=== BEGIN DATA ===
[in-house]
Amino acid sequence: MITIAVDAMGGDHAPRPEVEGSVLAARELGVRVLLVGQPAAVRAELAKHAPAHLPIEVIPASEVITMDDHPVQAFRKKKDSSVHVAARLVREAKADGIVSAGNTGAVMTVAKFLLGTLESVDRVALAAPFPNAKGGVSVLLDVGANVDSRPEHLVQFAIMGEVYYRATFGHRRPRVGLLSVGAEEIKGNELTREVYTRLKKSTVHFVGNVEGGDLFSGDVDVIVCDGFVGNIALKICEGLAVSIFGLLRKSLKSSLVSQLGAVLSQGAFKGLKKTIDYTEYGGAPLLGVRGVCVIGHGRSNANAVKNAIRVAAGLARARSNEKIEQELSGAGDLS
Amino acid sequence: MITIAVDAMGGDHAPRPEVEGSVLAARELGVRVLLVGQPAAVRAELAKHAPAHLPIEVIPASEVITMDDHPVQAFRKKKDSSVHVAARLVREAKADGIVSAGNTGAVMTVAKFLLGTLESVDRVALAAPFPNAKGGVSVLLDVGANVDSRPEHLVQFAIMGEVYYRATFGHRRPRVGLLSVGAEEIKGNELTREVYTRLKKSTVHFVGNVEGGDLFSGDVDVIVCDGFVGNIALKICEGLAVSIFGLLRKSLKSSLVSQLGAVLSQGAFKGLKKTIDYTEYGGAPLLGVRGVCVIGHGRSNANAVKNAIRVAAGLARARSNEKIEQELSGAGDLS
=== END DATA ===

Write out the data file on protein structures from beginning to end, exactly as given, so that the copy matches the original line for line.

[in-house]
Amino acid sequence: MITIAVDAMGGDHAPRPEVEGSVLAARELGVRVLLVGQPAAVRAELAKHAPAHLPIEVIPASEVITMDDHPVQAFRKKKDSSVHVAARLVREAKADGIVSAGNTGAVMTVAKFLLGTLESVDRVALAAPFPNAKGGVSVLLDVGANVDSRPEHLVQFAIMGEVYYRATFGHRRPRVGLLSVGAEEIKGNELTREVYTRLKKSTVHFVGNVEGGDLFSGDVDVIVCDGFVGNIALKICEGLAVSIFGLLRKSLKSSLVSQLGAVLSQGAFKGLKKTIDYTEYGGAPLLGVRGVCVIGHGRSNANAVKNAIRVAAGLARARSNEKIEQELSGAGDLS
Amino acid sequence: MITIAVDAMGGDHAPRPEVEGSVLAARELGVRVLLVGQPAAVRAELAKHAPAHLPIEVIPASEVITMDDHPVQAFRKKKDSSVHVAARLVREAKADGIVSAGNTGAVMTVAKFLLGTLESVDRVALAAPFPNAKGGVSVLLDVGANVDSRPEHLVQFAIMGEVYYRATFGHRRPRVGLLSVGAEEIKGNELTREVYTRLKKSTVHFVGNVEGGDLFSGDVDVIVCDGFVGNIALKICEGLAVSIFGLLRKSLKSSLVSQLGAVLSQGAFKGLKKTIDYTEYGGAPLLGVRGVCVIGHGRSNANAVKNAIRVAAGLARARSNEKIEQELSGAGDLS